A few months later, he decided to try again. The media threatened a blackout but he went ahead with the Qur’an burning. About 20 people attended, and no one covered the story. Except one freelance reporter from Agence France Presse. Since AFP is syndicated on Google and Yahoo, the story started to gain publicity. As more and more blogs linked to it, the story got too big to ignore. Now everyone had to comment on it. Within days, 27 people were killed in the ensuing riots in Afghanistan – a very real consequence of Journalism 2.0 resulting in death.
If you’ve ever been on a news website, you’ve no doubt been drawn to their ‘most emailed’ articles list. If you’ve ever visited Buzzfeed or Upworthy, you notice an overt formula at play with the headlines and article structure. You’ve seen lists of things split up into annoying slideshows. These are not by accident. Trying to go viral (and get views, traffic, and revenue) is the name of the game. It’s the only way to stay alive.
When that is the motivator, people no longer have a motivation to present something valuable, authentic, or even challenging. Instead you get fake news. The best way to explain it is by watching this clip (I hate Southpark, but this is unbelievably illustrative of what actually goes on). In a world of shock and awe viral content, we stop seeking honesty and reality. It’s simply too boring.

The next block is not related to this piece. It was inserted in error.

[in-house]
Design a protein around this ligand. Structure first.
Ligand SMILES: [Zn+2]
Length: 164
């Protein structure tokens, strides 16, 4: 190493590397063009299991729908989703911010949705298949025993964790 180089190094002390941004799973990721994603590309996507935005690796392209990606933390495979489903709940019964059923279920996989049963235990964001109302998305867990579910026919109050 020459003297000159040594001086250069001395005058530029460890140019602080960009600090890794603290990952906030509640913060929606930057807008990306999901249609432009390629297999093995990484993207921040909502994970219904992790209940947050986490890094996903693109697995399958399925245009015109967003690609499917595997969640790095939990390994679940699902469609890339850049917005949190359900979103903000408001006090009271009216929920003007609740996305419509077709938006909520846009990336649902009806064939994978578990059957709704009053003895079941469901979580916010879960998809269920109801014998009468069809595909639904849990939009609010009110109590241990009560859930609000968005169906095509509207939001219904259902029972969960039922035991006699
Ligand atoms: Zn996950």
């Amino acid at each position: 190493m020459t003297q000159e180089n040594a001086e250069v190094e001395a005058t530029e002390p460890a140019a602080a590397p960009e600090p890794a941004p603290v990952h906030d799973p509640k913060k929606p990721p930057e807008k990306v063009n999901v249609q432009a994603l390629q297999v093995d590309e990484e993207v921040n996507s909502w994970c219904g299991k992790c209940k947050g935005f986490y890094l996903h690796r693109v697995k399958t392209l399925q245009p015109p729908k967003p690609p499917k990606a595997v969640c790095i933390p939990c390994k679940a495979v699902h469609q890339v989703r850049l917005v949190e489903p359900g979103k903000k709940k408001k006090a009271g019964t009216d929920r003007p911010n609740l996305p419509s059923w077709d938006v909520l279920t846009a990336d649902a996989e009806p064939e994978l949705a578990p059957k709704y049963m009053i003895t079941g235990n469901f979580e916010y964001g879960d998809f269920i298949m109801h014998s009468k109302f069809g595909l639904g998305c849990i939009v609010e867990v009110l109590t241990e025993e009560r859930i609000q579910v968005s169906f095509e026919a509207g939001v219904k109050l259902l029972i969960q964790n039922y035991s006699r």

Holiday goes on to show how a lot of these root elements end up causing things like snarkiness, character assassinations (ever seen that happen to an Islamic scholar online?), and online vigilantism and mob justice.
There used to be a time where we trusted journalism. If something was reported on CNN, or the New York Times, or Time magazine – we assumed there was a journalistic integrity behind it. There was fact-checking, source-checking, and editorial oversight. We can no longer make these assumptions. In fact the yellow journalism of old has simply been reincarnated into the online information diet we each consume daily.
We’re sometimes a bit too trusting of everything we see online. We’re quick to read and share things without really verifying what happened – but by then it’s too late in this ultra-fast information age.
A little bit of pause, caution, and healthy skepticism can go a long way as we peruse online content.
Imagine seeing debates on Facebook, and then as you ‘like’ the viewpoints you agree with, Facebook stops showing you the opposing viewpoints. Whether it be an Islamic debate, political, or even sports.
Watch the Ted talk and let me know your thoughts. If you can read the book, I highly recommend it (I consider it a 5 star book).
What do we need to teach, particularly from a faith perspective, about understanding this online beast? What issues related to this do you want to understand in more detail, and what type of material would you find helpful?